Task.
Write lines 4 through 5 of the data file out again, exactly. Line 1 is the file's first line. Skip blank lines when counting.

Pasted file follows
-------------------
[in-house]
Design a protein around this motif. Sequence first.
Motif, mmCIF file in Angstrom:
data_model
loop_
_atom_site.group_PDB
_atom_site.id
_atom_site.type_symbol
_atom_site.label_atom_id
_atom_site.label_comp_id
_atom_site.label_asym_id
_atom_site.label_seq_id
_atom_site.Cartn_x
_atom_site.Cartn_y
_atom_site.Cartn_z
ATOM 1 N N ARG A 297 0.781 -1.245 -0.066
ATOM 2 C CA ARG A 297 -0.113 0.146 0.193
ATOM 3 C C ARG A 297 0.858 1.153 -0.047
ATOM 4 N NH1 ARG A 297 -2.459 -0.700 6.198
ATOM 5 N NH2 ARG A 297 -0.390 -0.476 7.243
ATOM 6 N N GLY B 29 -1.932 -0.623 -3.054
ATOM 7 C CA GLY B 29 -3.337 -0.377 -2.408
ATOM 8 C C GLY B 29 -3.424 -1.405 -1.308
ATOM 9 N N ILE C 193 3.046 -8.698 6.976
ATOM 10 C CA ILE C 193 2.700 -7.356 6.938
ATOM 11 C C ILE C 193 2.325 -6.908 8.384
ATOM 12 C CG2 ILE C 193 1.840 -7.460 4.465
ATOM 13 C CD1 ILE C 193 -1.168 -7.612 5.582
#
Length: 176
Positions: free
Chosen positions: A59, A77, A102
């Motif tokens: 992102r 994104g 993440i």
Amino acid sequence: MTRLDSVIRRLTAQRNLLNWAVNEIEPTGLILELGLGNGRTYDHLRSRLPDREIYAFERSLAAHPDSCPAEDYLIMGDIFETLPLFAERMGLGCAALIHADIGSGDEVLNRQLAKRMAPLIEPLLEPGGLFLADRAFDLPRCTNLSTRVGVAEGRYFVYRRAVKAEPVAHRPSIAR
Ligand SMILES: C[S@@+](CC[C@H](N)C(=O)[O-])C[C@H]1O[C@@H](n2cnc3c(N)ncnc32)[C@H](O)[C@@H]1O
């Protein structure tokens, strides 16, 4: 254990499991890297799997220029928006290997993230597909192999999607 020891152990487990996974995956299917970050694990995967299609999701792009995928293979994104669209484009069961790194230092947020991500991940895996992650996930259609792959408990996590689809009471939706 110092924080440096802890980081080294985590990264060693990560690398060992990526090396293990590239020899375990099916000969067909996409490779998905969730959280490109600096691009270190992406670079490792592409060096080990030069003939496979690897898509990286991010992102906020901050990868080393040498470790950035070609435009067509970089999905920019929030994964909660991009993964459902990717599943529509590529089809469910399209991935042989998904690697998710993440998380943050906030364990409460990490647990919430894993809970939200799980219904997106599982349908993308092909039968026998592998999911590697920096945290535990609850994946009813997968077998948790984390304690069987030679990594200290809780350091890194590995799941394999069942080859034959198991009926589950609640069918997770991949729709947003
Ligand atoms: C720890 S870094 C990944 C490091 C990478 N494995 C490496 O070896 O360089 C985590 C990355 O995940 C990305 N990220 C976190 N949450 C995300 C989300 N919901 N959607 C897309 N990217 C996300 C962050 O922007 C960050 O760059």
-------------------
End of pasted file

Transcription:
data_model
loop_